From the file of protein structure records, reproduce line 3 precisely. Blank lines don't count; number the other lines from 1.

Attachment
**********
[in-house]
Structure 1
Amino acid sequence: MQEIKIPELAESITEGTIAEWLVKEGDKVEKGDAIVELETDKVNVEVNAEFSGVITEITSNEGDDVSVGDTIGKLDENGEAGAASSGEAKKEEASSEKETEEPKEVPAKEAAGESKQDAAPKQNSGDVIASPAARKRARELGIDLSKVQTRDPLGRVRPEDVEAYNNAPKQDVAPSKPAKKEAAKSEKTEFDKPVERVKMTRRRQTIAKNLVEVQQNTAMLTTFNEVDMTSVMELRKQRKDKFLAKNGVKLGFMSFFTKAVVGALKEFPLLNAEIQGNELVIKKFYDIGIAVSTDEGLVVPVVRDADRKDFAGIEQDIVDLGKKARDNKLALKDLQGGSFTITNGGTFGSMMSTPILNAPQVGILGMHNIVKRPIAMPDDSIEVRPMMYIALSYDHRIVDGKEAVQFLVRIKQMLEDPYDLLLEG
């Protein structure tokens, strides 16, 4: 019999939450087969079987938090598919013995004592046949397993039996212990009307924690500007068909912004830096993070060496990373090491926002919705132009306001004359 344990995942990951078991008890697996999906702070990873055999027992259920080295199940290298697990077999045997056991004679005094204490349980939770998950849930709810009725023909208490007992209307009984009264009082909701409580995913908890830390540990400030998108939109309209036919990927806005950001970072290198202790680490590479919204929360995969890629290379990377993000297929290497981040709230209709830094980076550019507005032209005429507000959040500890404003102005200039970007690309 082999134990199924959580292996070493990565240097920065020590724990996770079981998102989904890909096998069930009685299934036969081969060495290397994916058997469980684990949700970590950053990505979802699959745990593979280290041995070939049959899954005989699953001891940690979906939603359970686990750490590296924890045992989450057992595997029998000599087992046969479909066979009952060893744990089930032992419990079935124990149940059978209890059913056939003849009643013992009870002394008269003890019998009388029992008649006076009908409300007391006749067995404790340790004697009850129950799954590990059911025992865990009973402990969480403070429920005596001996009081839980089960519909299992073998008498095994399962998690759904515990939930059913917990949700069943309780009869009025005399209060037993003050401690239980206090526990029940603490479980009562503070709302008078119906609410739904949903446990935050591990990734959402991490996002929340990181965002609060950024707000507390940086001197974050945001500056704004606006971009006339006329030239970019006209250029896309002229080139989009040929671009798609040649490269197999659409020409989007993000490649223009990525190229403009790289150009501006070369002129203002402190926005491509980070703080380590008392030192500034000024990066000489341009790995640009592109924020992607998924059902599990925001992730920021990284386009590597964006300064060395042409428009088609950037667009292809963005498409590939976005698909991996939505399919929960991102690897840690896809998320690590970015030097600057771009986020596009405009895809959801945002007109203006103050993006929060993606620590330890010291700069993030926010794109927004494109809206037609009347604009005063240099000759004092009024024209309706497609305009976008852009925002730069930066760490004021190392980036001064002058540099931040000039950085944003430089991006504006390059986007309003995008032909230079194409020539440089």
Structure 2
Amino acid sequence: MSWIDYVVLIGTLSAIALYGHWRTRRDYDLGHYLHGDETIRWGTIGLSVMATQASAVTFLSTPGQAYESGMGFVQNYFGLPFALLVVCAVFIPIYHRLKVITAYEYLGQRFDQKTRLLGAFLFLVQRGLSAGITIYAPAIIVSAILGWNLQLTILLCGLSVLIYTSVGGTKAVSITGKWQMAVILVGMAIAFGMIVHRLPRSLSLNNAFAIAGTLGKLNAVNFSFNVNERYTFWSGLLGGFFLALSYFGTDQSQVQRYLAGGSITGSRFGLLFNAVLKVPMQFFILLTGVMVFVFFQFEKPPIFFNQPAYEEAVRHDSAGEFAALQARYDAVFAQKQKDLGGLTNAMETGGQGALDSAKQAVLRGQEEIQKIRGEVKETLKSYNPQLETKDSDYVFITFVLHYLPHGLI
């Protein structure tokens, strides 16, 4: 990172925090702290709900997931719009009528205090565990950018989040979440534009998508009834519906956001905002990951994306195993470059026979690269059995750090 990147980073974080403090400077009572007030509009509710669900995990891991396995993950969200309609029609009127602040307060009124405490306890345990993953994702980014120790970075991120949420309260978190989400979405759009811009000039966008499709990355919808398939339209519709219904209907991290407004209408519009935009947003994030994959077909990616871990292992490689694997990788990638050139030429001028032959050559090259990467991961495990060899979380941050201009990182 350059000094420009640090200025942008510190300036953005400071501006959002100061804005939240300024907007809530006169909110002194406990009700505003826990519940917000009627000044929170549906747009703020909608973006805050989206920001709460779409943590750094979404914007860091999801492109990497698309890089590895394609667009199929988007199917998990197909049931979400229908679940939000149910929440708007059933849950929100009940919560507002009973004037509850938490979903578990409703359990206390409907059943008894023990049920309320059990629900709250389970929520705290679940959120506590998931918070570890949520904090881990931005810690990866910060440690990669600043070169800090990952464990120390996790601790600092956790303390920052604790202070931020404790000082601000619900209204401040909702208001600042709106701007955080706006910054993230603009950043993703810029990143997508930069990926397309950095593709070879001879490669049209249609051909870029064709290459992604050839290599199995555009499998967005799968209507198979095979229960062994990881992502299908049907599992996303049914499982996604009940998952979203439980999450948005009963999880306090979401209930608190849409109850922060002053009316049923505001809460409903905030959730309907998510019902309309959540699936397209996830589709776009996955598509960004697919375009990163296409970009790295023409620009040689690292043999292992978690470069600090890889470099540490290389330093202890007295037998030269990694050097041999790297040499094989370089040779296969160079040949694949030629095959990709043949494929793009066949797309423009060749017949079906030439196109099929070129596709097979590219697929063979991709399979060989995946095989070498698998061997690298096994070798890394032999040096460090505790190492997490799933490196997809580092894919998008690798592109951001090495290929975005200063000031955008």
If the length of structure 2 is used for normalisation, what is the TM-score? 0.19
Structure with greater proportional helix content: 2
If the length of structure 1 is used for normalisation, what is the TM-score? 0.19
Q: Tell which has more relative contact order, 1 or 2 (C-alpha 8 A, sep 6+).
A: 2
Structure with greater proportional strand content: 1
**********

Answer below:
Amino acid sequence: MQEIKIPELAESITEGTIAEWLVKEGDKVEKGDAIVELETDKVNVEVNAEFSGVITEITSNEGDDVSVGDTIGKLDENGEAGAASSGEAKKEEASSEKETEEPKEVPAKEAAGESKQDAAPKQNSGDVIASPAARKRARELGIDLSKVQTRDPLGRVRPEDVEAYNNAPKQDVAPSKPAKKEAAKSEKTEFDKPVERVKMTRRRQTIAKNLVEVQQNTAMLTTFNEVDMTSVMELRKQRKDKFLAKNGVKLGFMSFFTKAVVGALKEFPLLNAEIQGNELVIKKFYDIGIAVSTDEGLVVPVVRDADRKDFAGIEQDIVDLGKKARDNKLALKDLQGGSFTITNGGTFGSMMSTPILNAPQVGILGMHNIVKRPIAMPDDSIEVRPMMYIALSYDHRIVDGKEAVQFLVRIKQMLEDPYDLLLEG